A tale of two foreigners in Japan

Reza's well-used Japanese-Persian and English-Persian dictionaries

Reza's well-used Japanese-Persian and English-Persian dictionaries

This is the first in a series of blog posts about my experiences undertaking an ongoing research project. In this series I will be detailing some of the methodological challenges I encounter as well as the strategies I adopt to deal with them. In this post I will explain how I came to meet one of my informants, the similarities and differences concerning our situations in Japan as foreigners, and how my interactions with him and his family provided me with the impetus for this research project.

I first met Reza (a pseudonym) in Osaka, Japan, about six or seven years ago. We were attending a BBQ for intermarried couples and their children that was being held in a local park. Superficially at least, the differences in our backgrounds couldn’t have been more striking. I hailed from Australia, while he was from Iran. I couldn’t (and still can’t) speak a word of his native Persian, and his proficiency in English has remained, over the years, virtually non-existent.

I’ve since located to a different part of Japan, but Reza and I have remained in contact. Although we meet less than once a year, we are invariably told by Japanese onlookers that the sight of the two of us using the brash, impetuous Osaka-ben (Osaka dialect of Japanese) – complete with a liberal peppering of the sorts of grammatical errors that only non-native speakers can make – as our lingua franca provides them with an immeasurable and endless amount of entertainment. I guess I’ve always been ambivalent about such attention and I don’t think of it as a performance. Moreover, while I’m not particularly concerned about whether or not Japanese onlookers necessarily perceive Reza and my “metroethnic” practices as “cool” (Maher, 2005; 2010), such behavior should, as Otsuji and Pennycook would have it, “lead us to question not only a one-to-one association among language, ethnicity, nation, and territory, but also the authenticity of ownership of language which is based on conventional language ideology” (2010, p. 241).

Nevertheless, the dissimilarities between Reza and I run deeper than just our mutual inability to speak each other’s native language. I think it’s fair to say that, as permanent residents, our experiences of Japan have been markedly different. I’m a ‘white’, tertiary-educated speaker of a language that enjoys a particularly privileged status in Japan; moreover, I have been able to forge a rather lucrative lifestyle for myself and my family in my adopted homeland primarily because of simply being able to speak that language. Conversely, Reza has done it tough here. As a non-English speaking foreigner, his employment prospects have been, in comparison to mine, somewhat limited. He has worked for many years in the construction industry, often for wages lower than his Japanese coworkers. As an Iranian in Japan, he has also had to deal with the sorts of racist, negative stereotypes that I have not been subjected to (McNeill, 2010).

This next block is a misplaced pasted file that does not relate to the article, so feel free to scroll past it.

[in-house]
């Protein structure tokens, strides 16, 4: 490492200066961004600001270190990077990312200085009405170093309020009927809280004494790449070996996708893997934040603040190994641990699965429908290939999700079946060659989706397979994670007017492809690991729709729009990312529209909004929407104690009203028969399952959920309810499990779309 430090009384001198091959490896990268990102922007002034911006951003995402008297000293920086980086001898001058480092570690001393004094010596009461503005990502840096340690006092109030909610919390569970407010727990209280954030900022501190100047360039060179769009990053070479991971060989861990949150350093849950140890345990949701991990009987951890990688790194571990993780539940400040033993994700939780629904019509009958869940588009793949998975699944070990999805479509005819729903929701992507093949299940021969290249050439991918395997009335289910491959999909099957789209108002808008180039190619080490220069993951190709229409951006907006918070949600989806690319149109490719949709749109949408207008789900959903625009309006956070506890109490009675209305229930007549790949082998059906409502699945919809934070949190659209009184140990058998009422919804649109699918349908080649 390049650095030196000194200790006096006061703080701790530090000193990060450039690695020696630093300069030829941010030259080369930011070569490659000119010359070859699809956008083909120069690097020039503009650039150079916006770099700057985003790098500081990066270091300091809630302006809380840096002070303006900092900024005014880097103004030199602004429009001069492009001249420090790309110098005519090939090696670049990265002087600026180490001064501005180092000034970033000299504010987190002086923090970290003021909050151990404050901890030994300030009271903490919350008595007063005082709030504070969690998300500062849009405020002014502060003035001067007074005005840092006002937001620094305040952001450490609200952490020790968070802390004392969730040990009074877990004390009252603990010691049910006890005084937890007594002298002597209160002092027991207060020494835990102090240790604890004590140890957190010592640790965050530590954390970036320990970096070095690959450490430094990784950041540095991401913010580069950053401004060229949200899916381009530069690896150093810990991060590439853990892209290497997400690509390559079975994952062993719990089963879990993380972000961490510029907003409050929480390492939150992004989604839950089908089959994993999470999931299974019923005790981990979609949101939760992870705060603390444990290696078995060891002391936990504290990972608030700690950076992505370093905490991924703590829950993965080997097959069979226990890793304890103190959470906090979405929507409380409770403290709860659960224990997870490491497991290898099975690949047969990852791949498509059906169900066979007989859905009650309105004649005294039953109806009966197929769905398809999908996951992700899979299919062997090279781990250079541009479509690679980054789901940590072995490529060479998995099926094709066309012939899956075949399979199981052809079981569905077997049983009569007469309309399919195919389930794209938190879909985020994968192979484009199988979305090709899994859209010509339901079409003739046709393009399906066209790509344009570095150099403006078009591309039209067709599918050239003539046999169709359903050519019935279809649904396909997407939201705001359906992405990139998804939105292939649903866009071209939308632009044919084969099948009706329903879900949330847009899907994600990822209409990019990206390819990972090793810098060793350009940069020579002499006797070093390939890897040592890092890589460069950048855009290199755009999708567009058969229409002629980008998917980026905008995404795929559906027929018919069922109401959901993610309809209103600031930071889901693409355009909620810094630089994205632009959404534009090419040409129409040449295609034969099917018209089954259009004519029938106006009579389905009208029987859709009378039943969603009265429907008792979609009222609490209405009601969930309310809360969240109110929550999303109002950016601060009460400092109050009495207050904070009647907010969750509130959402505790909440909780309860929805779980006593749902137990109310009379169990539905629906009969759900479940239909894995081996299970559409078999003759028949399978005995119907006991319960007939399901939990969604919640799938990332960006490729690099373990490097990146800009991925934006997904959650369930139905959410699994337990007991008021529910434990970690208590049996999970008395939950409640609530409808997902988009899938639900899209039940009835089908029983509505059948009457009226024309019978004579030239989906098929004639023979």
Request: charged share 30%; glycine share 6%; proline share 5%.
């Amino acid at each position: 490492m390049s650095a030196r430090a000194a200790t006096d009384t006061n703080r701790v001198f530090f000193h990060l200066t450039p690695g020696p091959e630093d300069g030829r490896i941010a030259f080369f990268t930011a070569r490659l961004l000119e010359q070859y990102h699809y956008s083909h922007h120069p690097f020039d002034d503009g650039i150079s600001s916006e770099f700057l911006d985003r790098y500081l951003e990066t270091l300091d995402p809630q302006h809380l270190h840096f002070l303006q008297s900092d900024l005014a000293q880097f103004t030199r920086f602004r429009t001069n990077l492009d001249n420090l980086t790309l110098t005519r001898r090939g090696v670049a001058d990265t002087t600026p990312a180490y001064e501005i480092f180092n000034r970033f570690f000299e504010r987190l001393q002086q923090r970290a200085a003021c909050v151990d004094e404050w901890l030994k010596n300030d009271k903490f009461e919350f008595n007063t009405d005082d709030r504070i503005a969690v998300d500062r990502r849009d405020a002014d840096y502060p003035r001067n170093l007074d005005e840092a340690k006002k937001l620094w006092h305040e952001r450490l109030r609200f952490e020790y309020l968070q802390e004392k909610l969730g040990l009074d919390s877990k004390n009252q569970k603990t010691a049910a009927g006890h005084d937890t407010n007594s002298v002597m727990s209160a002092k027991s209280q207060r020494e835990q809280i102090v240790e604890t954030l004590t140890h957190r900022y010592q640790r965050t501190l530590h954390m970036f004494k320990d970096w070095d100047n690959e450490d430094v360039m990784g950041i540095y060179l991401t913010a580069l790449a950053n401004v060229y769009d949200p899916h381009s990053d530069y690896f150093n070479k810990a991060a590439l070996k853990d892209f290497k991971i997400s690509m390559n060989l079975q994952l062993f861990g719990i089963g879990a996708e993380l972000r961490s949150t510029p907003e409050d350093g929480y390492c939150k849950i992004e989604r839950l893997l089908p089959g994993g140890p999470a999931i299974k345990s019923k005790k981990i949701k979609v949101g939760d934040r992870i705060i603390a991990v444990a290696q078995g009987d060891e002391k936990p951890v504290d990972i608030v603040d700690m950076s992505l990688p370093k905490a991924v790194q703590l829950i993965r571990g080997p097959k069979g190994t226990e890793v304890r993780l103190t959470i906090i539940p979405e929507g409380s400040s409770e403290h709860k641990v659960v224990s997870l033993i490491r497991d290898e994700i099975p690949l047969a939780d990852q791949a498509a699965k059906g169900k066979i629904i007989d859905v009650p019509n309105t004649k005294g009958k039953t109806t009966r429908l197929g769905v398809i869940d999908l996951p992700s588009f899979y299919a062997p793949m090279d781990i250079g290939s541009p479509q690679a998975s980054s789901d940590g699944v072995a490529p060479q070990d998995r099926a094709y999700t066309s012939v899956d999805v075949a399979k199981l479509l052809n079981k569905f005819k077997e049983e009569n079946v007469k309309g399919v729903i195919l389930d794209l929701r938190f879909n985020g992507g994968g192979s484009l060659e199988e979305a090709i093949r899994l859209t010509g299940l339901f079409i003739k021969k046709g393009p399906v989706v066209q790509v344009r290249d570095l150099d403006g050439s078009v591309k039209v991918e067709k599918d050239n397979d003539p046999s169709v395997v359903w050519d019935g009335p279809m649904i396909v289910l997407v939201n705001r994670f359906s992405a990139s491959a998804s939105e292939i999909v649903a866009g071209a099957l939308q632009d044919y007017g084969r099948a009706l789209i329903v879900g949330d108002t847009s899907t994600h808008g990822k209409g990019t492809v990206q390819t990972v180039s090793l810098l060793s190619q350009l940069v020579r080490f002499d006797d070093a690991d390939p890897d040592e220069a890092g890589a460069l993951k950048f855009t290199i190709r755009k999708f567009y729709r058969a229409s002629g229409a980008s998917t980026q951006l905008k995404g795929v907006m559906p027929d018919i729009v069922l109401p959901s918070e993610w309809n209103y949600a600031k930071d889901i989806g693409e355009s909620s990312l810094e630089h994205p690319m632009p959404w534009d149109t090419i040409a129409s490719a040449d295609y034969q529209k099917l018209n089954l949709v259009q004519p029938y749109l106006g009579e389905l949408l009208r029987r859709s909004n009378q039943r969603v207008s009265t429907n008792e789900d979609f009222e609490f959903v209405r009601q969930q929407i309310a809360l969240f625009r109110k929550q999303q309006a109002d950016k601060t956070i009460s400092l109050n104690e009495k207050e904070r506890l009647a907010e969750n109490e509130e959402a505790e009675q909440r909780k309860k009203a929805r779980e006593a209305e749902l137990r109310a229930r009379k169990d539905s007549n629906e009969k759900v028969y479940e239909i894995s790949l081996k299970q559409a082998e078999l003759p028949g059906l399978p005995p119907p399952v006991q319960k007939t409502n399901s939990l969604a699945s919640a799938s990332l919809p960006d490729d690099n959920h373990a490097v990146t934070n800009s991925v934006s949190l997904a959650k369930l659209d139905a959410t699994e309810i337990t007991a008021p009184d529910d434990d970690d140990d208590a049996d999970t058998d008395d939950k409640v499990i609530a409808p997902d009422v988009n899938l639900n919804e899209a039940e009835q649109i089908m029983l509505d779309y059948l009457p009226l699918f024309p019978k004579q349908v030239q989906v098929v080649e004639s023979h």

Yet Reza and I also have much in common. We are both permanent residents. We both have Japanese partners. We both enjoy living in Japan immensely, and we also both enjoy, from time to time, a therapeutic whine about what we don’t like about the place. Significantly for this blog post at least, we are both ‘foreign’ fathers attempting to raise our children in a culture quite different from the cultures of our home countries. We both want our children to grow up well-adjusted, happy kids, and we both are finding the challenges of bilingual child-rearing considerably more difficult than we had first imagined.

Stay tuned…

ResearchBlogging.org Maher, J. C. (2005). Metroethnicity, language and the principle of cool International Journal of the Sociology of Languages (175-176)

McNeill, D. (Nov 9, 2010). Muslims in shock over police terror leak: Japan residents named in document want explanation – and apology – from Tokyo police force. Japan Times, p. 15.

Otsuji, E. and Pennycook, A. (2010). Metrolingualism, fixity, fluidity, and language in flux. International Journal of Multilingualism, 7(3), 240-253.

Author Lachlan Jackson

More posts by Lachlan Jackson
  • A fascinating research project, Lockie, and I look forward to the next post! The way Iranians (and many other nationalities from other parts of Asia) have been treated in Japan is quite disturbing and Japanese mass media continues to represent them negatively. The Wiki entry on ‘在日イラン人 (Iranian residents in Japan)’ has this statment (my translation): “As an increasing number of them (Iranian residents in Japan) are getting married to a Japanese national or becoming naturalised, the Iranian community is being dichotomised with one group of residents who break the law and the other group of residents who don’t.”

    I hope your research will shed light on the negative stereotypes of Iranians in Japan and reveal their impact on their everyday life.

  • Peter Ives

    Thanks for this Lachlan and I look forward to the future installments. Interestingly about 20 years ago, I had a similar experience in Iceland speaking Icelandic with my Austrian friend (although his English was near fluent and it is my first language — so for us our reasons for using Icelandic were different). Like you and Raza, we attracted significant attention, although usually negative with a humorous tone. My favourite was you sound like ducks on Tjornin (the pond in downtown Reykjavik) and quit bastardizing my language. I look forward to your future posts especially for what it tells us about ethnicity and language as well as parenting, children and language. Thanks,

  • Lachlan Jackson

    Thank you Peter for your kind words of encouragement. I will keep you posted…